One of my favorite movies of all time is Field of Dreams, about a kid who grew up in Iowa. One day a voice told him to build a baseball field in the middle of a cornfield, promising that all the old baseball legends would come play on it. The voice would tell him, “If you build it, they will come.”
In the early ’90s, I felt a little like that kid. I started recording videos of my heroes, which would later become the Homecoming video series. We recorded those early videos in a studio we had built in Alexandria, Ind., which was pretty much in the middle of a cornfield. We had a large tent outside by the studio where we fed all the legends who showed up. And they were all there — Jake, Hovie, J.D., James, Jimmy and Rex, Eva Mae, Brock, Ben, Les, Dottie, Lilly Fern, Mosie — and many more. And that line came back to me, “If you build it, they will come.”
I did it for the love of the music and these beautiful people. And God has honored it.
Today we honor one of the last of those pioneers, who embodied unequaled character, professional excellence and graciousness. In a way, I’ve lost my best friend — but I have some wonderful memories.
There wasn’t a night when I didn’t go visit Jake in the back of his bus. He would be lying on his bed, wig off, hat on, red jumpsuit. I’d say, “How are you feeling, old timer?”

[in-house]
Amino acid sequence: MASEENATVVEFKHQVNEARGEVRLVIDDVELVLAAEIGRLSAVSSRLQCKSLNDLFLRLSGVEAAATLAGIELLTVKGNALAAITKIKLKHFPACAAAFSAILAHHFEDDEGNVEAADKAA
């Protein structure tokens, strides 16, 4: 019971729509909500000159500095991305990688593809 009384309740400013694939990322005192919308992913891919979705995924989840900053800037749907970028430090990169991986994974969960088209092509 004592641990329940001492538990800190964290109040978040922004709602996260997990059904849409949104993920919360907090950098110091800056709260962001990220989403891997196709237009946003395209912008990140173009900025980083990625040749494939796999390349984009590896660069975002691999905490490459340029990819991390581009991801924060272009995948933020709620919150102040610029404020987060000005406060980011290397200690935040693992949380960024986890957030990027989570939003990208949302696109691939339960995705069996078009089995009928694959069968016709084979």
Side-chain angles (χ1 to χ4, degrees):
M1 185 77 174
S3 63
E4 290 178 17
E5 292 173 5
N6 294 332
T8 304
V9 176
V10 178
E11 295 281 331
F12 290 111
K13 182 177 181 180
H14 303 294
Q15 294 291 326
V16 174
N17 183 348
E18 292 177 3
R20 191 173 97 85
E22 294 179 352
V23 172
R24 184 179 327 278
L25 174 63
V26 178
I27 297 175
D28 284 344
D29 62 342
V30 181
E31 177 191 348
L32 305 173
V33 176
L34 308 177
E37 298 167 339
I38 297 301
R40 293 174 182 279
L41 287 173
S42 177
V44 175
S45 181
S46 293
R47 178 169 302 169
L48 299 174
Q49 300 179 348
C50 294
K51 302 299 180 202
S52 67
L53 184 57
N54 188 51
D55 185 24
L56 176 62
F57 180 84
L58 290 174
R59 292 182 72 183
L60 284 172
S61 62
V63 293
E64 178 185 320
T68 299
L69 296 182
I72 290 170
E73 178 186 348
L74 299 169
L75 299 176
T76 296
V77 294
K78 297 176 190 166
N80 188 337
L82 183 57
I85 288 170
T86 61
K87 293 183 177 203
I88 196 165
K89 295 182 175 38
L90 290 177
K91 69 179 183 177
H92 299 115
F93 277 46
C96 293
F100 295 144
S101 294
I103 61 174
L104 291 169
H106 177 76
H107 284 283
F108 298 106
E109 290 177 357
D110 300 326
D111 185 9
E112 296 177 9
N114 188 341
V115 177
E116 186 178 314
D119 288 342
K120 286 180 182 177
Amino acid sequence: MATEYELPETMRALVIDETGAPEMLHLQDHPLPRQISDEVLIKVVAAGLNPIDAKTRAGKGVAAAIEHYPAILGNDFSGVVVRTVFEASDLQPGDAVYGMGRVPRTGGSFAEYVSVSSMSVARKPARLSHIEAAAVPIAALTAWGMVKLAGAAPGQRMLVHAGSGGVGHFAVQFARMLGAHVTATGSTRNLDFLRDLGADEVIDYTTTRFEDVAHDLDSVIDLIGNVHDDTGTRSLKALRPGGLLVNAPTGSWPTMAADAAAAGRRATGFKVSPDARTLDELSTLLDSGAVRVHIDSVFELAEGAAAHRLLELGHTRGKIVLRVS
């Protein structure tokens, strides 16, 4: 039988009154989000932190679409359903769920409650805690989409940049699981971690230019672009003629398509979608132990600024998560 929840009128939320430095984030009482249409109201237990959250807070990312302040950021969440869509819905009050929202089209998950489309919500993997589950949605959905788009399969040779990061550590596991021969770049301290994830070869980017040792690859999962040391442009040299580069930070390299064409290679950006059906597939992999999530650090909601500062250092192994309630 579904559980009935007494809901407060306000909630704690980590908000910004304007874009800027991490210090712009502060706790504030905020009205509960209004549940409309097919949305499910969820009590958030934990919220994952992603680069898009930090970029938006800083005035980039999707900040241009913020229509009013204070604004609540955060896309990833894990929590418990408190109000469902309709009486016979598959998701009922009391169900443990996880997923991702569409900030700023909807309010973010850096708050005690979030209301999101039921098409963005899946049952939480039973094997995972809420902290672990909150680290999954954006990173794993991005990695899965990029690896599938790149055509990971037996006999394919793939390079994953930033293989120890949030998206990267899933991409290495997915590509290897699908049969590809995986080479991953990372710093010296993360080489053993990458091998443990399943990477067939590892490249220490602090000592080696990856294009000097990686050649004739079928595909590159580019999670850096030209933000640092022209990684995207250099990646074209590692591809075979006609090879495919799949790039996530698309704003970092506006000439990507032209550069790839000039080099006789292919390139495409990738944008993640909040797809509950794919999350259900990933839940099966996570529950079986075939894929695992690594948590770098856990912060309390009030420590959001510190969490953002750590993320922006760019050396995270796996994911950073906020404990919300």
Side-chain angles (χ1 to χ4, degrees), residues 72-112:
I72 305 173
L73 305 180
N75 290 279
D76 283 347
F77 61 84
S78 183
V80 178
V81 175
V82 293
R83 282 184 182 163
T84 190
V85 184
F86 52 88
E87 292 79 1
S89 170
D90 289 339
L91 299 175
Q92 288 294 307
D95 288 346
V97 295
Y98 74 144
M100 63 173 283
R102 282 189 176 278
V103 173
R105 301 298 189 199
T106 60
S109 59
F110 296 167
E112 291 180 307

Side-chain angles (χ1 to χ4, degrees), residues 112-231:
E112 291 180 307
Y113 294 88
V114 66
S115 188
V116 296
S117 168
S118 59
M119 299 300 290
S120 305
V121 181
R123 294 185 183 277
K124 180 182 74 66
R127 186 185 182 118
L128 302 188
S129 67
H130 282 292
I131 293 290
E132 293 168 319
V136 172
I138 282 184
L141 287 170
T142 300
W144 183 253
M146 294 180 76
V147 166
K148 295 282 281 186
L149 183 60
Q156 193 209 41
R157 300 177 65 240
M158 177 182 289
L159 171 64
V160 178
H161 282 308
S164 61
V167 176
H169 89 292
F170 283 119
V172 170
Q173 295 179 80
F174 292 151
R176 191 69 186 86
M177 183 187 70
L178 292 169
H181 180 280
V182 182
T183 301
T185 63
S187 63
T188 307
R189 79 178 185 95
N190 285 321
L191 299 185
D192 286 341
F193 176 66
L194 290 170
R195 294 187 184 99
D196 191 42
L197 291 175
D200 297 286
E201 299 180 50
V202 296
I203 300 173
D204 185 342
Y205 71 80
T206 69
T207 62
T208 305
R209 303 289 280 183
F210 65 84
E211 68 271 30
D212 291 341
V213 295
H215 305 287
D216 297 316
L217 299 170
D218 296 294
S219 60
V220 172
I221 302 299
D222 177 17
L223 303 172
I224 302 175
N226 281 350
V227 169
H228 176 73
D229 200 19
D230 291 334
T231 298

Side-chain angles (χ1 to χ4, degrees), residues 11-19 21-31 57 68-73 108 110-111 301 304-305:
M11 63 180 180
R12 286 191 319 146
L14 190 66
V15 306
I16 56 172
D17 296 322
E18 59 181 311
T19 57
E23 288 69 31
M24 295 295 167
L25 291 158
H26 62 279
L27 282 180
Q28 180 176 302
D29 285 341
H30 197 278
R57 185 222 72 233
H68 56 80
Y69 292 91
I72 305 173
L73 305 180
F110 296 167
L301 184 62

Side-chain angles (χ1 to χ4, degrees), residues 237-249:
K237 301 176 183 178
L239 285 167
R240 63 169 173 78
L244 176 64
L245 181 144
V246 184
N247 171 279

He’d say, “Nothin’ but fine.”
I’d say, “No really.”
I’m gonna miss looking down into the artist circle and seeing that calm, sweet, confident, inspiring face saying to this old Indiana farm kid, “You’re good. You can do this.”
Even in some of those cold, Northern cities, that Southern charm would always come through. He’s been called a Southern gentleman. This is true. This man defined genuine humility, and he truly lived to bring honor and credit to others.
The Bible says we are to rejoice with those who rejoice, and weep with those who weep. I’ve come to believe that most of us do a better job of weeping with those who weep than we do rejoicing with those who rejoice — but Jake did both with integrity. He was honestly excited when the other person won. Thank God we do have some models in our field who did not live just for themselves and what they could get out of life. Jake modeled that principle at its very highest level.
We are saying goodbye today to one of Gospel music’s finest gentlemen. The good news is this: He is singing better than he’s ever sung before — and I think he’s smiling even more broadly, too.
I want to say this to the family, and Gloria will affirm this: After his family, there is no one on this earth who will miss Jake more than I will. Thank you for sharing him with me — and with the artists who are here today — and with the world.